Telstar was tiny and crude by today’s standards. The entire spacecraft weighed only 77 kg (170 lbs). The power generated by its solar panels was a mighty 14 watts (which is about what is necessary to operate a dim fluorescent nightlight). Since Telstar 1 was in non-geosynchronous orbit, its ability to transmit transatlantic signals was limited to a 20 minutes window during each 2.5 hour world orbit (and because satellite broadcasting stations only existed in England, France, and on the East Coast, the rest of the world didn’t matter) . Most contemporary telecommunications satellites are in geosynchronous orbit (and stay in place despite the solar wind thanks to thruster burns), but Telstar came in an era before all of that. The satellite’s first broadcast (on July 23rd) consisted of President John F. Kennedy talking about the dollar’s rapidly appreciating value. The initial broadcast also showed a baseball game, the American flag, Mount Rushmore, and, of course French singer Yves Montand.
Telstar 1 had a brief and memorable life broadcasting one grainy channel of black and white television and relaying perhaps a few hundred phone lines, but it has not been broadcasting since 1963. High altitude nuclear tests carried out during 1962 supercharged the Van Allen belt and overwhelmed the fragile electronics on the craft. As of May 2012 Telstar was still in orbit around Earth—presumably it is still up there, circling our planet, simultaneously a communications milestone and a cold war victim.
Cerise is a vibrant pinkish shade of red. The color is uniquely lovely–particularly as a glowing light against a dark backdrop, and the name has a long history (having been used to describe that particular shade of red since the middle of the 19th century). Unfortunately there isn’t as much to write about cerise as about some other colors.
Cerise means cherry in French and I thought it would be appropriate to write about the color as cherry-picking season arrives. When I was a teenager, my parents dragged me to an orchard to pick cherries around the end of June every year. I was always aggrieved to be rousted from bed first thing on a Saturday morning and I treated the annual event as an ordeal–but now I miss cherry picking and I particularly miss having cherries. The very beautiful ornamental cherry tree in the back yard of where I live is an ornamental cherry which produces no fruit. Aside from a few tiny plastic containers of pricey bing cherries, I have to be content with the color.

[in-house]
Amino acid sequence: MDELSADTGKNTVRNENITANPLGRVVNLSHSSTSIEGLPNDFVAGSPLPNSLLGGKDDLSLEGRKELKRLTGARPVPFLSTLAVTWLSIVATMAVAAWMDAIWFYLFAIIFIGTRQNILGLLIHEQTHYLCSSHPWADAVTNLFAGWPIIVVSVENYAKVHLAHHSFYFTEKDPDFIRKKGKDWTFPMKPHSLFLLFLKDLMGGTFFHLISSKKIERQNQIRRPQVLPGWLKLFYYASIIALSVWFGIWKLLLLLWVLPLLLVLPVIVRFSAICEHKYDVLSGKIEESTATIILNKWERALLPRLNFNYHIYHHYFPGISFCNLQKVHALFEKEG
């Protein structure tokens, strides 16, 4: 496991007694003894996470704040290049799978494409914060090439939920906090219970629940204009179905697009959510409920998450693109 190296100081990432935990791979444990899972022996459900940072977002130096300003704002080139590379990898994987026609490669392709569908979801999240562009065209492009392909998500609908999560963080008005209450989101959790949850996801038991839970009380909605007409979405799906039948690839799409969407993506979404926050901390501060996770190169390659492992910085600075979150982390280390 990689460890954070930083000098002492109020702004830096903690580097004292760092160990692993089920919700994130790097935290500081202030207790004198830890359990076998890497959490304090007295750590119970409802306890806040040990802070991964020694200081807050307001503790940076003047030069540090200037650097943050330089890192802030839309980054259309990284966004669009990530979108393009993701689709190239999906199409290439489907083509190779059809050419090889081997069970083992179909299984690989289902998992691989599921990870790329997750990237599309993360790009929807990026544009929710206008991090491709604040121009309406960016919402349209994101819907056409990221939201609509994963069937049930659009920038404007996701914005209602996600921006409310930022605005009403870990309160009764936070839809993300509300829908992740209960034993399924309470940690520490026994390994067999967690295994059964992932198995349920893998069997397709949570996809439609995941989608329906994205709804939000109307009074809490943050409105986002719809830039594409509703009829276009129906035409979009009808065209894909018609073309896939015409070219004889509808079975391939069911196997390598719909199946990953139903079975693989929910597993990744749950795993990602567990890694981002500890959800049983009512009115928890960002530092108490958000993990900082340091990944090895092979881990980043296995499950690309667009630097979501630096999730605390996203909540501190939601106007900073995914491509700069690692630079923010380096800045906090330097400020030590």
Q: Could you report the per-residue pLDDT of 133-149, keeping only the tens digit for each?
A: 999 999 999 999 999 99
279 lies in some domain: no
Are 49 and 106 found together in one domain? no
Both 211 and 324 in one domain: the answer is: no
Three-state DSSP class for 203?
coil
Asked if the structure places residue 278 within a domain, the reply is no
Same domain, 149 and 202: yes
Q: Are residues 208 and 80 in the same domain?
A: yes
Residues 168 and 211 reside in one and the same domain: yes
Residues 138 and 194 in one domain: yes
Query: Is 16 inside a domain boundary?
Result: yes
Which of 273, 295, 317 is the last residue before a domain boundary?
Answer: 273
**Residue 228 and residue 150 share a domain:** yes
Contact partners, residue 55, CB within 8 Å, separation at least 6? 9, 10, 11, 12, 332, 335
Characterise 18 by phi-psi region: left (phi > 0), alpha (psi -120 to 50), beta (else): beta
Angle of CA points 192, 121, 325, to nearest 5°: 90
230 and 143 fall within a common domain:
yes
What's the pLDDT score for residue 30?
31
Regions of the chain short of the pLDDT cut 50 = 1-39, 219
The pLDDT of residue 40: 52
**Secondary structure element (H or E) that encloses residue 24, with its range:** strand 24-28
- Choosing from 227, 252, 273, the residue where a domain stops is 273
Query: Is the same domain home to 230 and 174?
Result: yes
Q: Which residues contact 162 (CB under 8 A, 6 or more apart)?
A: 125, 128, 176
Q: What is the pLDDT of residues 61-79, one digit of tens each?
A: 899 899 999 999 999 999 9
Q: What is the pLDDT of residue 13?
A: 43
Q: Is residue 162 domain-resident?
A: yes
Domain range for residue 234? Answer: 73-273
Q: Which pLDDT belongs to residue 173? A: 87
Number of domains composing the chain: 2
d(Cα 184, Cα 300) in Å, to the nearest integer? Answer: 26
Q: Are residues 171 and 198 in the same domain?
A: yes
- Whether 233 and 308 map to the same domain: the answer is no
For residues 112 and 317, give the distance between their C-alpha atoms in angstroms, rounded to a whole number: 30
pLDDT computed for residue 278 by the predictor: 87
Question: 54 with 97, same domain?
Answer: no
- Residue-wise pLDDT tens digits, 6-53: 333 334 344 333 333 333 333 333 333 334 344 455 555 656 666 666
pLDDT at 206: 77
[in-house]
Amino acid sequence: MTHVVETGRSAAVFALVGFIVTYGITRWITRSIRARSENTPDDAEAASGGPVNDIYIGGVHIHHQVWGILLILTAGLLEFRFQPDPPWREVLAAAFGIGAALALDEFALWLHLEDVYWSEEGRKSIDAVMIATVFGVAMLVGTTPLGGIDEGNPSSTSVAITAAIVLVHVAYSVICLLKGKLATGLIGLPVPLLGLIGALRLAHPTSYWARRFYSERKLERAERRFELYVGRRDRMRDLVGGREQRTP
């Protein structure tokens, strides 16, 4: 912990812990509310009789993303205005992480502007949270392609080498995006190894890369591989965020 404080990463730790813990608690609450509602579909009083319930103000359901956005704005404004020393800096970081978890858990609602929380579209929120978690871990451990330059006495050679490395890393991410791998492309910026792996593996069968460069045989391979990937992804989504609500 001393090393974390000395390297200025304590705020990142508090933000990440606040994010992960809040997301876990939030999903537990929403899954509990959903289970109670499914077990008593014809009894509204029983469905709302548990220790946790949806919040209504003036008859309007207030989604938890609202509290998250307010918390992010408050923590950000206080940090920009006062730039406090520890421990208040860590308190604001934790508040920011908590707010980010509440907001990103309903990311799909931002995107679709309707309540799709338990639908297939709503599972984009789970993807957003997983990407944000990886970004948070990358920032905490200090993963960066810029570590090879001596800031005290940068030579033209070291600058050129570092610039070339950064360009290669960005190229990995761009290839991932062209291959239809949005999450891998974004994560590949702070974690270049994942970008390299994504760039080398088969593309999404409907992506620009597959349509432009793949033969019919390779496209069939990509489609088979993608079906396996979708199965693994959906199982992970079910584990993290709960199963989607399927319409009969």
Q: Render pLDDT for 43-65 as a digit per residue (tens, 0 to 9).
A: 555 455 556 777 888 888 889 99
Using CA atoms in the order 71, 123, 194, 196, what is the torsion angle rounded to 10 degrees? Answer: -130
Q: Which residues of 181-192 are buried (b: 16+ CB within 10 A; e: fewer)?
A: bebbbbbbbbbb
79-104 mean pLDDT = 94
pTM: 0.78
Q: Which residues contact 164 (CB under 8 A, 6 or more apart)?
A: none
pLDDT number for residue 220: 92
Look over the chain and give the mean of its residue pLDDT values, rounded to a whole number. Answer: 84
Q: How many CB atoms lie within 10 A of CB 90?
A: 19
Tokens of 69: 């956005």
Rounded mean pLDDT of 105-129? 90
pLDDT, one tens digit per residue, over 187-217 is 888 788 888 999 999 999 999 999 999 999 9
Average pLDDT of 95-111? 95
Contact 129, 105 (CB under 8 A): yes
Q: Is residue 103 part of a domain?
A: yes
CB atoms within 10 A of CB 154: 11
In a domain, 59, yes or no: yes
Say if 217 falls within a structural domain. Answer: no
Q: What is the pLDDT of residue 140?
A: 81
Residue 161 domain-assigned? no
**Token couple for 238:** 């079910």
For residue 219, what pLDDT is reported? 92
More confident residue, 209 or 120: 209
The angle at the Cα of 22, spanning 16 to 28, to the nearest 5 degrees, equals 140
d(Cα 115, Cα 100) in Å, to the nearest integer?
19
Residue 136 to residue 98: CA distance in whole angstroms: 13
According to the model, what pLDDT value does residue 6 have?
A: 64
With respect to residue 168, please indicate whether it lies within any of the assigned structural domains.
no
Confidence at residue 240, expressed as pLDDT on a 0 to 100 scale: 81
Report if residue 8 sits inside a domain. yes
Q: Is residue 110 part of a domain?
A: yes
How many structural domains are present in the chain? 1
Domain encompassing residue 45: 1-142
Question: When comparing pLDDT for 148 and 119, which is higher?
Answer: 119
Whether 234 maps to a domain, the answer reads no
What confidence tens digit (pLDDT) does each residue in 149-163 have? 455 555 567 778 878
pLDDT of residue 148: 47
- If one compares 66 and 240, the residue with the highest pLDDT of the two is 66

The name “Cerise” has one other claim to fame. In 1995, the French military launched a spy satellite of that name from Centre Spatial Guyanais (the ESA spaceport in French Guiana which now includes the infamous former penal colony of Devil’s Island) in order to monitor high frequency radio transmissions. One year later, Cerise was struck by a fragment of an Ariane rocket. To quote NASA, “The debris appeared to have impacted the stabilization boom, which extended 6 m from the main body of the spacecraft, at over 14 km/s (31,000 miles/hour).” It was the first recorded space collision of a space craft with space junk (although not the last). Incredibly, the satellite remained operational however the boom broke off and joined the tens of thousands of other bits of space debris–lethal low hanging fruit whipping through near-Earth orbit.
When the Japanese space program successfully launched the solar sail IKAROS last year, Ferrebeekeeper noted that NASA had its own solar sail missions planned. Last Friday, January 21st 2011, the United States Space Agency successfully deployed a 100-square-foot polymer sail in low-Earth orbit. To quote the Satellite Spotlight website, the tiny craft, unromantically named “NanoSail-D2” was, “designed to demonstration the deployment of a compact solar sail boom system for use in deorbiting satellites and as an alternate means of propulsion to move satellites in space that doesn’t require fuel.”
Although NASA’s Nano press page does not dwell on the mission’s problems, it has hardly gone off as planned. As the name indicates, NanoSail-D2 is a tiny satellite. Furled up in preparation for launch it was only 30 cm x 10 cm x 10 cm—about the size of a men’s size 12 shoe or a medium sour-dough loaf. The satellite was supposed to be launched from its mother satellite, FASTSAT–a multi-experiment platform about the size of a dishwasher–on December 6th, but nothing happened. Even though the launch door opened, the little sail remained folded up it in its launcher. The solar sail mission was deemed a failure and NASA concentrated on the FASTSAT’s five other microsatellite experiments. Then, unexpectedly the solar sail spontaneously launched on January 19th. It finished unfurling on the 21st and amateur ham radio enthusiasts tracked the craft’s beacon signals until its batteries wore out. You can find the satellite’s orbital path at the following link. It should be quite visible traveling across the sky at night for another 70-120 days after which the drag of the sail will cause it to deorbit and burn up in the atmosphere.
NanoSail-D2 was the successor to the unsuccessful NanoSail-D which fell into the Pacific Ocean (along with an Air Force satellite, a pharmaceutical satellite meant to study yeast in zero gravity, and a canister of cremated human remains) on August 3rd, 2008 when the Falcon I rocket carrying these respective payloads veered off-course. The FASTSAT (along with the NanoSail-D2 and sundry other payloads) were launched from Kodiak on a Minotaur IV—a Peacekeeper ICBM modified for commercial and research purposes.
Although I applaud NASA’s ingenuity and celebrate the successful launch of an American solar sail, I note that on December 8th, as NanoSail D2 sat malfunctioning in its launch bay, the Japanese IKAROS sail completed its primary mission when it flew by Venus at a distance of about 80,800 km (50,000 miles). Japan is now planning a series of larger and more spectacular solar sail missions which they hope will culminate with a mission to Jupiter.